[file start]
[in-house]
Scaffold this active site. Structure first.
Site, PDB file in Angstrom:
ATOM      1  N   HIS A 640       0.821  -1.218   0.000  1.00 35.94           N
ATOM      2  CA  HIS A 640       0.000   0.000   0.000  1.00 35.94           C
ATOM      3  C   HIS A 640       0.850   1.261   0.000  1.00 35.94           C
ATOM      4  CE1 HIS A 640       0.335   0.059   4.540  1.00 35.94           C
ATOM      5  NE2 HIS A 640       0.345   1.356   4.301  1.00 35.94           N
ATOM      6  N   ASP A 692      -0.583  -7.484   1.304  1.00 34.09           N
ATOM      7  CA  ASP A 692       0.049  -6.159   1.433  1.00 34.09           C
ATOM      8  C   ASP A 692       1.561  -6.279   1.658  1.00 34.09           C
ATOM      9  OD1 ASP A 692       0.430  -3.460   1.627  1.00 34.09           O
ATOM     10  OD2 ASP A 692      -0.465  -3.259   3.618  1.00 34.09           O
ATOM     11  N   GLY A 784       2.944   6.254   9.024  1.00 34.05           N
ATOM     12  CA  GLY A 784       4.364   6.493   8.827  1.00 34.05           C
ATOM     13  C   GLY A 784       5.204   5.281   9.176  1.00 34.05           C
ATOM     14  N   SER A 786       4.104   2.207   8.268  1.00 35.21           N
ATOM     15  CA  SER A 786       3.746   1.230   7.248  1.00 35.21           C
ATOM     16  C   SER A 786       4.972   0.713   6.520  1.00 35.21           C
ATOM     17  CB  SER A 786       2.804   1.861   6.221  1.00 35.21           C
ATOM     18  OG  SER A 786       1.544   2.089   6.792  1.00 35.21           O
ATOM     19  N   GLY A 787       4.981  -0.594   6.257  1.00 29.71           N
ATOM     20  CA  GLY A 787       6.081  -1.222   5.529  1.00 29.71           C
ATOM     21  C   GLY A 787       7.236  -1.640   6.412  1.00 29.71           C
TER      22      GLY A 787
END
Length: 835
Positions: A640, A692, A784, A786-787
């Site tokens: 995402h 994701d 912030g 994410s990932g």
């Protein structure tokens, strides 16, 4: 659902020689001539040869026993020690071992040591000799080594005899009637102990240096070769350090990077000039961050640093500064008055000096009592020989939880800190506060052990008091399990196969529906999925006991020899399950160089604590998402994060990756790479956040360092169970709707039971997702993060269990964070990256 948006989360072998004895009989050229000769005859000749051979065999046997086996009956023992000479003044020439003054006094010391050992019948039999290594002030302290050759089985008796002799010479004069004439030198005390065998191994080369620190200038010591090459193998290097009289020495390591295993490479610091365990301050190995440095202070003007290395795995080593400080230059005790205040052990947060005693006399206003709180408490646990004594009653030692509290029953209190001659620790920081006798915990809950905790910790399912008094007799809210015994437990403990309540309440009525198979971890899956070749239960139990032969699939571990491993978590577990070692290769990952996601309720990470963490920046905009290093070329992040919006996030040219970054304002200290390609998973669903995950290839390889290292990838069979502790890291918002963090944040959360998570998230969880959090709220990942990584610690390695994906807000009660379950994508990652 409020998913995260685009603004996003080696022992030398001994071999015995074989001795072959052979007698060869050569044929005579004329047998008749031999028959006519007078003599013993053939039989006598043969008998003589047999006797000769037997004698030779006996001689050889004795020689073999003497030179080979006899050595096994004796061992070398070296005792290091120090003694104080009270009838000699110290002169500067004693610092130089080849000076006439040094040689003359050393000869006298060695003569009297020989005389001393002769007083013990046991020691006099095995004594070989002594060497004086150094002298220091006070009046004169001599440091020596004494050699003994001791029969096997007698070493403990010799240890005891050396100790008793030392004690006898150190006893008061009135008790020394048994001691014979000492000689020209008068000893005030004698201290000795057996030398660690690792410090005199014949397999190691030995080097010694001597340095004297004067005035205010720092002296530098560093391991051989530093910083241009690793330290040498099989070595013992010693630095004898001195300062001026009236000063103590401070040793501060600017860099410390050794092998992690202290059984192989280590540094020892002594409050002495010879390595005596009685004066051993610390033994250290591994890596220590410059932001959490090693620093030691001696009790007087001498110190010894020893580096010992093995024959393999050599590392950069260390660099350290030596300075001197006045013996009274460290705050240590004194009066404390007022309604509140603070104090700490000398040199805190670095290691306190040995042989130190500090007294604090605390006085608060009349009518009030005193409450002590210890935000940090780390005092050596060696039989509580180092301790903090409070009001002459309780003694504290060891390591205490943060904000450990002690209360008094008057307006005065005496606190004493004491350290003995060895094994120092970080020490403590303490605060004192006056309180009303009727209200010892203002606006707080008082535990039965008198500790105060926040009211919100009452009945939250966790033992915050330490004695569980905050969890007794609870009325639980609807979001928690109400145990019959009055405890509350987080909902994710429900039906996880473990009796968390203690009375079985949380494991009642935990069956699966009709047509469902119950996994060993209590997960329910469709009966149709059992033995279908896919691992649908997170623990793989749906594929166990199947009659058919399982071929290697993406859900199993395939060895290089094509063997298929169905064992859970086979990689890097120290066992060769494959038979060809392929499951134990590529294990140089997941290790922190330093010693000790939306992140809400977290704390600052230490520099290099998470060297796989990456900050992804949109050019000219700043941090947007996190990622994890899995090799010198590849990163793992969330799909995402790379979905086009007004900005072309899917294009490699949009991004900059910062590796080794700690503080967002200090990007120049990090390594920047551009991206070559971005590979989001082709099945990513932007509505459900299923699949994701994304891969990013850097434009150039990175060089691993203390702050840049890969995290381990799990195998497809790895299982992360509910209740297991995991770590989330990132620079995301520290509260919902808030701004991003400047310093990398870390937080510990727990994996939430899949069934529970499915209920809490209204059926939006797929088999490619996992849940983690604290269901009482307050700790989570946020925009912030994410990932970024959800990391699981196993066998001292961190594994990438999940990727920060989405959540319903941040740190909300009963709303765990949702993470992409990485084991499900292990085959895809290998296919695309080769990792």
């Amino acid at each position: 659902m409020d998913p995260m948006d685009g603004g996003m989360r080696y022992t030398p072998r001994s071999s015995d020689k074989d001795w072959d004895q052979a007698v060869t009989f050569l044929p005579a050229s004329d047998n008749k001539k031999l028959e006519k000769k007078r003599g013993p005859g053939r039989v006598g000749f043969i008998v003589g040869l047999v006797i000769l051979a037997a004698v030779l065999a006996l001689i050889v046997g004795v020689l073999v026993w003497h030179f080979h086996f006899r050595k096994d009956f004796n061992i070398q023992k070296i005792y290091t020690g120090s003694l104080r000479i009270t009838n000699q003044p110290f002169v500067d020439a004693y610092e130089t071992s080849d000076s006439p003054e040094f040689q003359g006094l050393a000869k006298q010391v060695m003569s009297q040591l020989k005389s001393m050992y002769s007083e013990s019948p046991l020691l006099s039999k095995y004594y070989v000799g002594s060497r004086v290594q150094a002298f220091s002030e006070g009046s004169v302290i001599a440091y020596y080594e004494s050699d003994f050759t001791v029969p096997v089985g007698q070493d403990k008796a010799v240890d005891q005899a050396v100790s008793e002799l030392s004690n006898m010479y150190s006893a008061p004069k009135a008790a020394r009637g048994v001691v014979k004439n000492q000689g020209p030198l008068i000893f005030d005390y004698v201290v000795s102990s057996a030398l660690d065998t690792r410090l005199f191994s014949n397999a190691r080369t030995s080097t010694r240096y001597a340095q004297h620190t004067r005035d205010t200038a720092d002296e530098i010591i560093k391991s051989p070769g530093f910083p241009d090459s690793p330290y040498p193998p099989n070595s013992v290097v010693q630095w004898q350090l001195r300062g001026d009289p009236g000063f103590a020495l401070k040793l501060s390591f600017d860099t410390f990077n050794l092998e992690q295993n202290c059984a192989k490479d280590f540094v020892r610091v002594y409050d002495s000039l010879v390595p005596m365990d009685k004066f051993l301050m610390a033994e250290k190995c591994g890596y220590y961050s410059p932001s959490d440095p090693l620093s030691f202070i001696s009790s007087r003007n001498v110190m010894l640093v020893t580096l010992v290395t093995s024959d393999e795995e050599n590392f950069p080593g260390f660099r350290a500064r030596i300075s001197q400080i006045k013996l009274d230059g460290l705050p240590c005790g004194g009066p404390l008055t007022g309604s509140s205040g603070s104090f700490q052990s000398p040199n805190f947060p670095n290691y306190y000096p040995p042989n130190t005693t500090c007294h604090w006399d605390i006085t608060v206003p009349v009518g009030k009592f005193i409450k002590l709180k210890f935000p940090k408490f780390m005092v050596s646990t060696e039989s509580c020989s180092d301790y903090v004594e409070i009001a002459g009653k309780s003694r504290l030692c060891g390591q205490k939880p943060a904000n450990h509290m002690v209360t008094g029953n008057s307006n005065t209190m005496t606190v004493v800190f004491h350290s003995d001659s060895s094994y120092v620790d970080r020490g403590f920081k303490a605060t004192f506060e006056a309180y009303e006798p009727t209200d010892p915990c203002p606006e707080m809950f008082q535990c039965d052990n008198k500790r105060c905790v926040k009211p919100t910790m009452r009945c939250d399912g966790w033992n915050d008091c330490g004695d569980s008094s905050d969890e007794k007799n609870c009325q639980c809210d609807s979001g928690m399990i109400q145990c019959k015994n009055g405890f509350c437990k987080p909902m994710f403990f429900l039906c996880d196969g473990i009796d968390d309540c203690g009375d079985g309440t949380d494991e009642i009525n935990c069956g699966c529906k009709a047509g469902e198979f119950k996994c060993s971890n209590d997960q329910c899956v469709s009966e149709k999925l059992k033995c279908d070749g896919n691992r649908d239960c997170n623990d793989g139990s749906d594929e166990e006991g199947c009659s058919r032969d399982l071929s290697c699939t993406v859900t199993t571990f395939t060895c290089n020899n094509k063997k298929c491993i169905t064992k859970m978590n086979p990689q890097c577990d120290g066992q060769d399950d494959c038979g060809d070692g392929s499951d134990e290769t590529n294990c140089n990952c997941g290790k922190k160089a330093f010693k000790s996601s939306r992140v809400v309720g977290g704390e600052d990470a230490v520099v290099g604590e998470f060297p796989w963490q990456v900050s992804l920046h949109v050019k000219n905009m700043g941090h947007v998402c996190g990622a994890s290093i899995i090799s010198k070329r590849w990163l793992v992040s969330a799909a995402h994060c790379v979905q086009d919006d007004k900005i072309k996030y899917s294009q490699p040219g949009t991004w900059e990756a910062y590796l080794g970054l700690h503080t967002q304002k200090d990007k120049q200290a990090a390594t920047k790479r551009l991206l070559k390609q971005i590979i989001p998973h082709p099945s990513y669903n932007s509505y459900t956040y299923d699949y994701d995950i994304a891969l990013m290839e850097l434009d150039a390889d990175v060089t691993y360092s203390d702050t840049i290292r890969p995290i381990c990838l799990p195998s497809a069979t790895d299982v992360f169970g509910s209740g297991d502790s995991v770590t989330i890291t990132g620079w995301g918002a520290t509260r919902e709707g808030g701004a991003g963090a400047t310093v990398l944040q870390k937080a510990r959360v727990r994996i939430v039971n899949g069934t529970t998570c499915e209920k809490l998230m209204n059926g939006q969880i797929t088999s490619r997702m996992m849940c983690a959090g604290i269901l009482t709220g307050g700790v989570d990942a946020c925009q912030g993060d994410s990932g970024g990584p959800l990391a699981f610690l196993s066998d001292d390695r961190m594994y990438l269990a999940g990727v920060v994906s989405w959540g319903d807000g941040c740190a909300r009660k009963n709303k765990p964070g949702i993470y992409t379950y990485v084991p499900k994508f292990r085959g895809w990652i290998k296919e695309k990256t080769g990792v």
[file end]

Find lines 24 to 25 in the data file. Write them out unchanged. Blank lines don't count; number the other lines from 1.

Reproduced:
ATOM     21  C   GLY A 787       7.236  -1.640   6.412  1.00 29.71           C
TER      22      GLY A 787